We march along with another commander Rome Across Europe thought was among the best in ancient Rome. You can find the entire list here, along with biographies of #1, #2, #3, #4, #5, #6 , #7 and #8. We now present to you…
9: Gaius Marius (157 – 86 BC)
Gaius Marius was a Roman General and Statesman. He held the office of Consul an unprecedented 7 times during his career. He was also noted for his important reforms of Roman Armies, authorizing recruitment of landless citizens, eliminating the manipulus military formations, and reorganizing the structure of the Legios into separate Cohortes.
Marius was born in 157 BC in the town of Arpinum in southern Latium. The town had been conquered by the Romans in the late 4th Century BC and was given Roman citizenship without voting rights. Only in 188 BC did the town receive full citizenship.
Claims have been made that Marius’ father was a laborer, but this is almost certainly false since Marius had connections with the nobility in Rome. Marius ran for local office in Arpinum, which a laborer’s son could not have done, and he had marriage relations with the local nobility in Arpinum.
This combination indicates that he was born into a locally important family in the Ordo Equester. The problems he faced in his early career in Rome show the difficulties that faced a “New Man” (Novus Homo).
There is a legend that as a teenager Marius found an eagle’s nest with 7 chicks in it. Eagle clutches hardly ever have more than 3 eggs, even if multiple females used the same nest. Finding 7 offspring in a single nest would be exceptionally rare.
Since the eagle was considered the sacred animal of Jupiter, the supreme god of the Romans, it was later seen as an omen predicting his 7 time election as Consul. Later, as Consul, he decreed that the eagle would be the symbol of the Senate and People of Rome.
In 134 BC, he was serving with the Army at Numantia and his good services brought him to the attention of Publius Cornelius Scipio Aemilianus Africanus. According to Plutarch, during dinner the conversation turned to Generals and someone asked Scipio Aemilianus where the Roman people would find a worthy successor to him.
Aemilianus then gently tapped on Marius’ shoulder, saying: “Perhaps this is the man.” It would seem that even at this early stage in his military career, Marius had ambitions for a political career in Rome. He ran for election as 1 of the 24 special military Tribunii of the primary 4 Legios who were elected.
In 114 BC, Marius’ Imperium was postponed and he was sent to govern Lusitania, where he engaged in some sort of minor military operation. According to Plutarch, Marius cleared away the robbers whilst robbery was still considered a noble occupation by the local people.
In 109 BC, Quintus Caecilius Metellus took Marius with him as his Legatus on his campaign against Jugurtha. In the accounts of Metellus’ campaign no other Legates are mentioned, so it can be presumed that Marius was Metellus’s only Legati, or 2nd in Command.
By 108 BC, Marius conceived the desire to run for Consul and soon earned the respect of the troops by his conduct towards them. Marius would eat his meals with the troops and share in any of their labors.
Under these circumstances, Marius was triumphantly elected Consul for 107 BC. He was campaigning against Metellus’s apparent lack of swift action against Jugurtha.
Because of repeated military debacles from 113 BC to 109 BC, it became easier for the virtuous New Man to be elected as an alternative to the inept or corrupt nobility. In accordance with the provisions of the Lex Sempronia on Consular provinces, the Senate decided not to make the war against Jugurtha and to delay Metellus in Numidia.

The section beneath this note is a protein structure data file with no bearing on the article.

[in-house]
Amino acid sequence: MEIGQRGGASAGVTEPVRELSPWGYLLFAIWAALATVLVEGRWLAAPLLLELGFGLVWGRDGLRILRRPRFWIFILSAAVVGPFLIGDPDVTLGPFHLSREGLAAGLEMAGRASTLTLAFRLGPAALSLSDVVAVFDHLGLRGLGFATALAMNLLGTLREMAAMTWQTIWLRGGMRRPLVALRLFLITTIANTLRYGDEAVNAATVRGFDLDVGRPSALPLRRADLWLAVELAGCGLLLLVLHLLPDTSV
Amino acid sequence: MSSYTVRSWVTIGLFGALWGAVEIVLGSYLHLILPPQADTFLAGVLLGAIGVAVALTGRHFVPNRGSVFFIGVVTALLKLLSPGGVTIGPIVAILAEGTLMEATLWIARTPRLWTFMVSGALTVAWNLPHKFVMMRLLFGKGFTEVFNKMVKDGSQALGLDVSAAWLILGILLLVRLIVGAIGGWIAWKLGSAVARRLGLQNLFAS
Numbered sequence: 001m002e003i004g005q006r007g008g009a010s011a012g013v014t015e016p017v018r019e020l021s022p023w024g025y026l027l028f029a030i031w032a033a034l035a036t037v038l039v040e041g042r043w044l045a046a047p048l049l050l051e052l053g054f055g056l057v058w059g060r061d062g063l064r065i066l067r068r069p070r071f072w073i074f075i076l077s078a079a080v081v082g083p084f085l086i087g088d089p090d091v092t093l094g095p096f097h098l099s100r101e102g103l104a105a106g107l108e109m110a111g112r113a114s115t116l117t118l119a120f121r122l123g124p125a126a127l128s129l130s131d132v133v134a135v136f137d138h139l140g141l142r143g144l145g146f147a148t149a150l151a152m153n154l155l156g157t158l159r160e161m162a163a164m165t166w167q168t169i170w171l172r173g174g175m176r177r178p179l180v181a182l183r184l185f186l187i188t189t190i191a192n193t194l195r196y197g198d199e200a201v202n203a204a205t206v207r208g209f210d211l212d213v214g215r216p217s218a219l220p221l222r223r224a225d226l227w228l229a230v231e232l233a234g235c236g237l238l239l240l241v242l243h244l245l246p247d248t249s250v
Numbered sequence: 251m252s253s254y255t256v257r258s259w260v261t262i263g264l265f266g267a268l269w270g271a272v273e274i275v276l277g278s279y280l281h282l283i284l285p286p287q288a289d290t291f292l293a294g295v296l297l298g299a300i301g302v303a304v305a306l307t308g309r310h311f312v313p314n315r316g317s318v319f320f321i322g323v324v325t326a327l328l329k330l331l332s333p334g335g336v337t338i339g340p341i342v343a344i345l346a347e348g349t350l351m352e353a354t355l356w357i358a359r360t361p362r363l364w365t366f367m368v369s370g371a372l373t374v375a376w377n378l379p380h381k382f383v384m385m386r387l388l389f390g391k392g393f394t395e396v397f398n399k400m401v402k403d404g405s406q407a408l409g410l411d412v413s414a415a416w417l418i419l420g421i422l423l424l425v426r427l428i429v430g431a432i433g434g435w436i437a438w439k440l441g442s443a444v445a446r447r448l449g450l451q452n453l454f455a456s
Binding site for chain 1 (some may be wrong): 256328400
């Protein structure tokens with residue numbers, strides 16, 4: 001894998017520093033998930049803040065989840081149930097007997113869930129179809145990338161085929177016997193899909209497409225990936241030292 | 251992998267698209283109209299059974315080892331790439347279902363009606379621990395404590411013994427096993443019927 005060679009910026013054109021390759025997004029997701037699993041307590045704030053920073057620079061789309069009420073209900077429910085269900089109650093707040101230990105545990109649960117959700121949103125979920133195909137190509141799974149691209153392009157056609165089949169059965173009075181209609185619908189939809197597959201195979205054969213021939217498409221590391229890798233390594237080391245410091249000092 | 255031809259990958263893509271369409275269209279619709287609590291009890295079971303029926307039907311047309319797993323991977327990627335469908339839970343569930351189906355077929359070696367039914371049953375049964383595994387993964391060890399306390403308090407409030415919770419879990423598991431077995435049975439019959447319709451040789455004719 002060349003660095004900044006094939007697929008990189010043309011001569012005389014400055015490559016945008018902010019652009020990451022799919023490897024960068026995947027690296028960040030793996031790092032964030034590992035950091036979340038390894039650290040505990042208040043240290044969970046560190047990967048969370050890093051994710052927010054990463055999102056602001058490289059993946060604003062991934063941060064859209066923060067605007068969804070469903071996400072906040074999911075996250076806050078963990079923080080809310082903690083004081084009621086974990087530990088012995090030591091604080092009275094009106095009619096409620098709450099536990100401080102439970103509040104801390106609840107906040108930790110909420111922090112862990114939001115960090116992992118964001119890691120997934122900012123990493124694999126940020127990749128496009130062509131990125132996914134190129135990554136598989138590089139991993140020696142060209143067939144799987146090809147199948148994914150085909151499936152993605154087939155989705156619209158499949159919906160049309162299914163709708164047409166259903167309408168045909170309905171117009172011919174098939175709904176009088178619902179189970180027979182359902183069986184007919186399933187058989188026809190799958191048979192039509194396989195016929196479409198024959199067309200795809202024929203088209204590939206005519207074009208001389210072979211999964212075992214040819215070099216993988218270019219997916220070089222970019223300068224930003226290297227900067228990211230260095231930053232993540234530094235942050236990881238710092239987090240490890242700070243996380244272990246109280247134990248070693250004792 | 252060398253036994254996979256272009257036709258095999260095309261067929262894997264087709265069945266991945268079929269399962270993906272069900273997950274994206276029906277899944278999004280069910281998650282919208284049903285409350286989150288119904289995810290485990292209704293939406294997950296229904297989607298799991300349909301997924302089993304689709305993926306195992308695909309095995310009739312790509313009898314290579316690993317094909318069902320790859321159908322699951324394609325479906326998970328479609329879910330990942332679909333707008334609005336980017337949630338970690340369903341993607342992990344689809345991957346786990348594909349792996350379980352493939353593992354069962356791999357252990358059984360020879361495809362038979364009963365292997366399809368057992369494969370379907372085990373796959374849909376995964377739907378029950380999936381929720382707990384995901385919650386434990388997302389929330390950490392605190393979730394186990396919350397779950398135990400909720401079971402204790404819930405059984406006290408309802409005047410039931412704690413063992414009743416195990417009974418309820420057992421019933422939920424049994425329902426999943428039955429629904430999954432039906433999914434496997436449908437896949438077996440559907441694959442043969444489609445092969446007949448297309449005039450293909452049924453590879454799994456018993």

Marius used a ploy from 131 BC in which a Tribune had passed a law authorizing an election to select the commander for the war against Aristonicus in Asia. A similar law was passed in 108 BC and Marius was voted the command by the people in this special election.
The most dramatic and influential changes Marius made to the Roman army were named the Marian Reforms. In 107 BC Consul Marius, fearing barbarian invasion, saw the dire need for an increase in troop numbers.
Until this time, the standard requirements to become a Roman soldier were very strict. To be considered a soldier in the service of the Republic, an individual was required to provide his own arms and uniform for combat.
Marius relaxed the recruitment policies by removing the necessity to own land, and allowed all Roman citizens entry, regardless of social class. The benefits to the army were numerous, with the unemployed masses enlisting for military service alongside the more fortunate citizens.
Poorer citizens were drawn to lifelong service, as they were rewarded with the prospect of settlement in conquered land. This also ‘Romanized’ the population in newly subjugated provinces, thus reducing unrest and lowering the chance of revolt against the Roman Republic.
The new Roman Army, its numbers vastly bolstered by lower class citizens whose future was tied to their permanent career, was always able to provide reserves in times of disaster. In addition, the growth of the army ensured continued military success due to the high number of recruits available for each campaign.
Marius found that it wasn’t as easy to end the war as he had claimed. He arrived comparatively late in 107 BC. In that year and the next he forced Jugurtha to the south and west toward Mauretania.
By 105 the King of Mauretania, Bocchus I, who was also Jugurtha’s father-in-law and reluctant ally, was worried about the approaching Romans. After receiving word that an accommodation with them was possible, Bocchus insisted that Sulla, Marius’ 2nd in Command, make the hazardous journey to his capital.
Sulla induced Bocchus to betray Jugurtha, who was duly handed over to Sulla, thus ending the war. Since Marius held the Imperium and Sulla was acting as his subordinate, the honor of capturing Jugurtha belonged strictly to Marius.
Marius became the hero of the hour, and his services would be needed in another emergency. The arrival of the Cimbri in Gaul in 109 BC and their complete defeat of Marcus Junius Silanus had resulted in unrest among the Celtic tribes recently conquered by the Romans in southern Gaul.